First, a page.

EAST MONTPELIER — A newly formed subcommittee has an assignment and a deadline, a veteran school nurse has a new role, some teachers have questions and concerns and Superintendent Bryan Olkowski needs answers.
Those were among the many takeaways of Wednesday night’s virtual meeting of the Washington Central School Board — a special session that was conducted in three separate near-hour-long segments less than five weeks before the district’s six schools are scheduled to reopen.
Precisely what that will look like in a post-COVID-19 Vermont remains a bit of a mystery though board members were briefly informed about the latest thinking with respect to a summer-long planning process that started before Olkowski settled in July 1 as superintendent.
Olkowski told board members that work is ongoing thanks to five separate task forces that include a diverse collection of 72 district employees.
During a meeting that opened with calls for “transparency” and “hazard pay” for teachers and staff members who are forced to return to the classroom, Olkowski supplied no concrete detail because, he said, it doesn’t yet exist.
The “plan,” Olkowski explained, is to “prioritize” in-person instruction for the district’s K-8 students, while exploring a “hybrid option” that could include a mix of distance learning and live instruction for 9-12 students at U-32 Middle and High School.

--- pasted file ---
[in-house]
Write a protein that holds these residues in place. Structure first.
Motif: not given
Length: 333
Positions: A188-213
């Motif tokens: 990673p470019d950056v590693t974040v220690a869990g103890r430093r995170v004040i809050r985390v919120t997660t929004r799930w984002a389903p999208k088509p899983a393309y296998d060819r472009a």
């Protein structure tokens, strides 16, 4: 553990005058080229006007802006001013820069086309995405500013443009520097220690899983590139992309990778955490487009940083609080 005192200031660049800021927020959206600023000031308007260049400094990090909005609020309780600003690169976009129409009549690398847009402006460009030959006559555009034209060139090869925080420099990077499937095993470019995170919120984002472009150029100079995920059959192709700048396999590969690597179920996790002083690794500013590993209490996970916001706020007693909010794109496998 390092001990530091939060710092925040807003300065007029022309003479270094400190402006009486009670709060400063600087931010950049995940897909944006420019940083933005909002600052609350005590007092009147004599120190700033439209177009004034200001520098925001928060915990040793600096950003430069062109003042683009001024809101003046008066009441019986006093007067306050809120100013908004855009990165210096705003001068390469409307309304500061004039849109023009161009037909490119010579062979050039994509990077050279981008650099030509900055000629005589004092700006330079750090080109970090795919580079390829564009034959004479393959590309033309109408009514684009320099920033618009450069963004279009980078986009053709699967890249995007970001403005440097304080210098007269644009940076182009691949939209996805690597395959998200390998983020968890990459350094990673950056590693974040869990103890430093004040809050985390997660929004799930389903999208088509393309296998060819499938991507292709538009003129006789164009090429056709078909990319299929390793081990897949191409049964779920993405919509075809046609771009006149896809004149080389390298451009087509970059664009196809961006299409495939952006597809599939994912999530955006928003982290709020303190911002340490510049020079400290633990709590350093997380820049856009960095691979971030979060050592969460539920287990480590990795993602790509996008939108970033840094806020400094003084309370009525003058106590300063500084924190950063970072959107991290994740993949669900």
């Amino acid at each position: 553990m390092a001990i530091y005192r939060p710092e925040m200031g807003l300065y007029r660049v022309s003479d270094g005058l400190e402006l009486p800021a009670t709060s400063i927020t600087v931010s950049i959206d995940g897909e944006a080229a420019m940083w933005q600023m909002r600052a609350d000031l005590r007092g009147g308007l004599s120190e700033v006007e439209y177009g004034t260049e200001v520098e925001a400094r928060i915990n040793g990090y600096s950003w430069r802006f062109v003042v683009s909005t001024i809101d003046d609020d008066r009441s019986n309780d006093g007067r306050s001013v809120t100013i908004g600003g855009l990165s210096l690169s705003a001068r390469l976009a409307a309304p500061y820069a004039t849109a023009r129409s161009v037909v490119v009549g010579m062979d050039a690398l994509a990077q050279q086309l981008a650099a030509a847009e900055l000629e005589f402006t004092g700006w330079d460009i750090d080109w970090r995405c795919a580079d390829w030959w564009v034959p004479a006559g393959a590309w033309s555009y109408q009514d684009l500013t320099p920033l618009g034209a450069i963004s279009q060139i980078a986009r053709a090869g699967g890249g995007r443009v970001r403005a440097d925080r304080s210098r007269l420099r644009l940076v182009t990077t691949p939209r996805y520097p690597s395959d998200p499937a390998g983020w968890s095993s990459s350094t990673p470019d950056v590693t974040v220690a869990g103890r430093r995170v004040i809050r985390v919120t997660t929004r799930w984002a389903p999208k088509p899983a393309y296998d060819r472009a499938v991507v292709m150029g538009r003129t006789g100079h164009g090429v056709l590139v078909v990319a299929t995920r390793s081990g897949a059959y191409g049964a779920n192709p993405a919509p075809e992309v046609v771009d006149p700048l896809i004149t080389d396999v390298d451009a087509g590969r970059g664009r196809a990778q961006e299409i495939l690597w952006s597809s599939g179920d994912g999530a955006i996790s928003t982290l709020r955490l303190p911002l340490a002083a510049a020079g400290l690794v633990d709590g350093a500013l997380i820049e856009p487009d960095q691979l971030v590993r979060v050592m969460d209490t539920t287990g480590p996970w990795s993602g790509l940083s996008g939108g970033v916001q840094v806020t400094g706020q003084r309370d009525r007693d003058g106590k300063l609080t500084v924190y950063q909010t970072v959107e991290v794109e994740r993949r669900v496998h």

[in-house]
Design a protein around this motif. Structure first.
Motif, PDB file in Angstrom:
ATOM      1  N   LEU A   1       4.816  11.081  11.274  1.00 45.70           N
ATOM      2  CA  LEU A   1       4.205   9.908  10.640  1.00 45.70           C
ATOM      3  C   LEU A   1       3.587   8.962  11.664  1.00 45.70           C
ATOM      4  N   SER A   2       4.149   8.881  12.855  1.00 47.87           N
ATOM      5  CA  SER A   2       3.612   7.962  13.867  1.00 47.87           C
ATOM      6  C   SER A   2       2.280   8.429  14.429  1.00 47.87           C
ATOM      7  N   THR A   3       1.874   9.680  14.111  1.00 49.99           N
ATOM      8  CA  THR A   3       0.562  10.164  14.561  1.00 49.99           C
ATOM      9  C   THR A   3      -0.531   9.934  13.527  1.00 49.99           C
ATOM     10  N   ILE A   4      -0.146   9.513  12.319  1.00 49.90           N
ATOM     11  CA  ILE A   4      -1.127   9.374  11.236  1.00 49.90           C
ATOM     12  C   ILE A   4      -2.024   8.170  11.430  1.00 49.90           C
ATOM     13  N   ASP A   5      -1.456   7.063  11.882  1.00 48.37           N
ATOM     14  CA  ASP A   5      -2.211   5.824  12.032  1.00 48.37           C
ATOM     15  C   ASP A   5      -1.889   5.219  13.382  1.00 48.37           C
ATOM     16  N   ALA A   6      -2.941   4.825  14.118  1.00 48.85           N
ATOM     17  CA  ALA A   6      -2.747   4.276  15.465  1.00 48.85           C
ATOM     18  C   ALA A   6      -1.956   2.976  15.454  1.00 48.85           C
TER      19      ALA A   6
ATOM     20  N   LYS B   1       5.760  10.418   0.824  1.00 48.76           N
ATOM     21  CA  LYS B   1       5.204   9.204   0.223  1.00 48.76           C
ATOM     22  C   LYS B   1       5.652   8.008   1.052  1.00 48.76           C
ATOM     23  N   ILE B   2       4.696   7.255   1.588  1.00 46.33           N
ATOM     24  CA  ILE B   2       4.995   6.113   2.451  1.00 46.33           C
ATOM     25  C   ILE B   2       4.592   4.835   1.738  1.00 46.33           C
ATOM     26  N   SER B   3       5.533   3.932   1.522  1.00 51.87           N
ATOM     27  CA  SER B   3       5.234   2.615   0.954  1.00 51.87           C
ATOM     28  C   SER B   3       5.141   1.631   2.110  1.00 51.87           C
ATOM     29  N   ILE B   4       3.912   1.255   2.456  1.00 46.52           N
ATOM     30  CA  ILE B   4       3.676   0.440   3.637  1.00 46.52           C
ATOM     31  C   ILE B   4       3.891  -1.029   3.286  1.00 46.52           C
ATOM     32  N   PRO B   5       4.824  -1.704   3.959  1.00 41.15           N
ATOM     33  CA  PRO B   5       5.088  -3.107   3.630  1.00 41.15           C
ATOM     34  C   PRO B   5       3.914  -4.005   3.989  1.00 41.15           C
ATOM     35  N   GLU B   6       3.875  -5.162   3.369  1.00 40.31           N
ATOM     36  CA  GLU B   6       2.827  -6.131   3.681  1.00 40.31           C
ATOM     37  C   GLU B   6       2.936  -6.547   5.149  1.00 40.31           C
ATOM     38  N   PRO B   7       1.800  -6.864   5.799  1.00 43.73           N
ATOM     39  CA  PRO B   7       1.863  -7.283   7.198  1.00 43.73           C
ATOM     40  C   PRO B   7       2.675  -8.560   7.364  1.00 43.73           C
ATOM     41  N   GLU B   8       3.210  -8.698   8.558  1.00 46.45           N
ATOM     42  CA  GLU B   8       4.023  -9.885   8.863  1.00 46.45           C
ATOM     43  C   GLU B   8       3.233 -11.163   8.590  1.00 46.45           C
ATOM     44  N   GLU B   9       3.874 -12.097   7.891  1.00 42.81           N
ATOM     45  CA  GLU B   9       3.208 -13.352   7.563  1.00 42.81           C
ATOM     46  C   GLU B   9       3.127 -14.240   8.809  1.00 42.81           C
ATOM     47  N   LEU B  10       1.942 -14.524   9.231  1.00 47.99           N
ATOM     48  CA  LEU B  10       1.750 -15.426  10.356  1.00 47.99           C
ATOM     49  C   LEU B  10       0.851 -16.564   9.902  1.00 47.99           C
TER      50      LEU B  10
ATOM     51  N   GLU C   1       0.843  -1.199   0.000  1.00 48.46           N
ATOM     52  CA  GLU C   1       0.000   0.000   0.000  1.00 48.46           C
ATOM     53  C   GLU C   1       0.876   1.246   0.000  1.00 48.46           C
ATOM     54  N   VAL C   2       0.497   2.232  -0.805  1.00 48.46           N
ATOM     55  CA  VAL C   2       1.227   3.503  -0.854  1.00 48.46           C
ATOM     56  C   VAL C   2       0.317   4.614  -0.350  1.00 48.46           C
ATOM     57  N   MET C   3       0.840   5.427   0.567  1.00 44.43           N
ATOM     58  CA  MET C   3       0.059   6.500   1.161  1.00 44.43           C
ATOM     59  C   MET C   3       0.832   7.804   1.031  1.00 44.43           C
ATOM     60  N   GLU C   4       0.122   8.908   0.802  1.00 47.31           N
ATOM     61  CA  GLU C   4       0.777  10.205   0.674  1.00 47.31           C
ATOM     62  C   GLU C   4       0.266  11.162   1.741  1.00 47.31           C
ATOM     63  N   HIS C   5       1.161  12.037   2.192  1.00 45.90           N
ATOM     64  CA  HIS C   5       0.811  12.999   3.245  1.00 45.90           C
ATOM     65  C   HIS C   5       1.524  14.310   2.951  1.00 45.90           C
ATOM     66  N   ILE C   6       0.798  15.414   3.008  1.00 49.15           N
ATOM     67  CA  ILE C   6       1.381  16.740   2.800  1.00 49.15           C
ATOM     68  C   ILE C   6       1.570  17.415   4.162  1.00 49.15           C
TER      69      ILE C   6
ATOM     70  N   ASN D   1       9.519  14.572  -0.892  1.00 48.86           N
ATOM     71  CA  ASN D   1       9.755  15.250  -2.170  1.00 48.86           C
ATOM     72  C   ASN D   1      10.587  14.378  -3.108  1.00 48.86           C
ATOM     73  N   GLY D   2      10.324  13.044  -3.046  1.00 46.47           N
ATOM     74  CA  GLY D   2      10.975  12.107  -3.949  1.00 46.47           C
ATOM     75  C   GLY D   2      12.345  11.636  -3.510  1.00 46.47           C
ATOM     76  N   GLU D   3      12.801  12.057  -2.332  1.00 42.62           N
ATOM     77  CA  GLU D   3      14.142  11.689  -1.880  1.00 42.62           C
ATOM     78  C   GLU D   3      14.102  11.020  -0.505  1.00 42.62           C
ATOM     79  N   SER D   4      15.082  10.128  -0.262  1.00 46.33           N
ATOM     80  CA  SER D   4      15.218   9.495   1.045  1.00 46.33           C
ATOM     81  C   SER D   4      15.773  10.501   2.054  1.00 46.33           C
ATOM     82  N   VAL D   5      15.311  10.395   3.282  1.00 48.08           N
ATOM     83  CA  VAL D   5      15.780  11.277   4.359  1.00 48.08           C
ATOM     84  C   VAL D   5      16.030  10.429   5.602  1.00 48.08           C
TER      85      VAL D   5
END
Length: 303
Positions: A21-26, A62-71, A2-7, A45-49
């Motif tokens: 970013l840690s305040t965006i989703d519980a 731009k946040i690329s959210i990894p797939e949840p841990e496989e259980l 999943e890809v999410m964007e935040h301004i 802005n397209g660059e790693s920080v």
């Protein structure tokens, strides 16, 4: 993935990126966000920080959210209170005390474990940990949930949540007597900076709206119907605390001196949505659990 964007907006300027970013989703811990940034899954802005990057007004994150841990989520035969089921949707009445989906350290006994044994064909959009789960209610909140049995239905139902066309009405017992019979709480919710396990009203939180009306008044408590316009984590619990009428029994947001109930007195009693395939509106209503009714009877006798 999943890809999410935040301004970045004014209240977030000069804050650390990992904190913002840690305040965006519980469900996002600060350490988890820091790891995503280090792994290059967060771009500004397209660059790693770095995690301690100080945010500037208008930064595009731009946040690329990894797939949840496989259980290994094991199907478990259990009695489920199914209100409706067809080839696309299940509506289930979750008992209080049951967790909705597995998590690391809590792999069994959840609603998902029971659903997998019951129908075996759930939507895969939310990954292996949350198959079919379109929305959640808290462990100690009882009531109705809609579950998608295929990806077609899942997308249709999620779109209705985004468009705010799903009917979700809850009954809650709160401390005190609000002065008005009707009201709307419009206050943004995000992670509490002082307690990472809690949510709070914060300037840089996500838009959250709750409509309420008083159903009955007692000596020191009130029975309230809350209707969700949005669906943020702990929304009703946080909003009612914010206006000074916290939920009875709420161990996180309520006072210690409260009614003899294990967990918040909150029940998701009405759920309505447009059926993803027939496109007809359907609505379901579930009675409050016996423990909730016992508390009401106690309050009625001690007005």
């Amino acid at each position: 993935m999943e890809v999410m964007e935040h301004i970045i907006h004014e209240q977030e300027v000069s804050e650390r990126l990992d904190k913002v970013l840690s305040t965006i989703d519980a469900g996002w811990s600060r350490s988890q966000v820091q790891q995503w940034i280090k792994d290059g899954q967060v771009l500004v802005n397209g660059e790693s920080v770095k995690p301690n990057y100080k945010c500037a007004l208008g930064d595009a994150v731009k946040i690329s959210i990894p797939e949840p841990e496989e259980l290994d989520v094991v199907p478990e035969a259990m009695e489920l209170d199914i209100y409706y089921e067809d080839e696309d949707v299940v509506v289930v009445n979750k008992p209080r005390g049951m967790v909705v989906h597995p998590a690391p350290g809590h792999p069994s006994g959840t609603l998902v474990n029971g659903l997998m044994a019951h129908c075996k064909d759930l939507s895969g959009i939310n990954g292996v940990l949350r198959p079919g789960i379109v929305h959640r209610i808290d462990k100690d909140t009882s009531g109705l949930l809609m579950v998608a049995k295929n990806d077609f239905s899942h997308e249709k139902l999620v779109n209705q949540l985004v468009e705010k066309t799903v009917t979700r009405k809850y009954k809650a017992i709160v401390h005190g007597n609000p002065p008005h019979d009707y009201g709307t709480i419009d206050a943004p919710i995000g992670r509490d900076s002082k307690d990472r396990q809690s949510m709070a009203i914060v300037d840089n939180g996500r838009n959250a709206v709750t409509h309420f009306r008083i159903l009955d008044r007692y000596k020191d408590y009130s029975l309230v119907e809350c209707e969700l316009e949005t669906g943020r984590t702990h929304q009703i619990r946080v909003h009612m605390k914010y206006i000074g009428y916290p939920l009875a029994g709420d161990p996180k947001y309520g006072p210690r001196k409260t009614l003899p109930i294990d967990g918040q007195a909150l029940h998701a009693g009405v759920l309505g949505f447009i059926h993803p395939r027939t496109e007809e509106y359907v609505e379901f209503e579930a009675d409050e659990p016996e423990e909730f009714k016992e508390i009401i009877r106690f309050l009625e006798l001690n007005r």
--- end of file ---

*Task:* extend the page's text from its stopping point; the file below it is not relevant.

However, Olkowski said those preparations had reached an important pivot point.
“You can come up with all of the plans in the world, but if you don’t have the workforce that’s available to implement any of the plans, you’ve got a problem,” he said. “That’s the dilemma that we’re in.”
That’s why Olkowski recently sought to poll faculty and staff in a survey some said Wednesday they didn’t fill out and worried could produce misleading results because it included neither clarity nor context.
It’s also why Olkowski, who has recently fielded leave requests for the soon-to-start school year urged the board to consult with the district’s lawyer to discuss its contractual and statutory obligations to grant them.
The private meeting with attorney Pietro Lynn occurred in the middle of two very different conversations. The meeting opened with several teachers raising concerns about the planning process and the prospect of returning to the classroom, and resumed following the scheduled executive session with board members discussing the need to swiftly determine whether and under what conditions, it might offer an enhanced “COVID leave” to employees.
Toward that end, the board tasked a three-member subcommittee with exploring its options, conferring with union leaders and reporting its findings at a board meeting that was tentatively scheduled for next Thursday.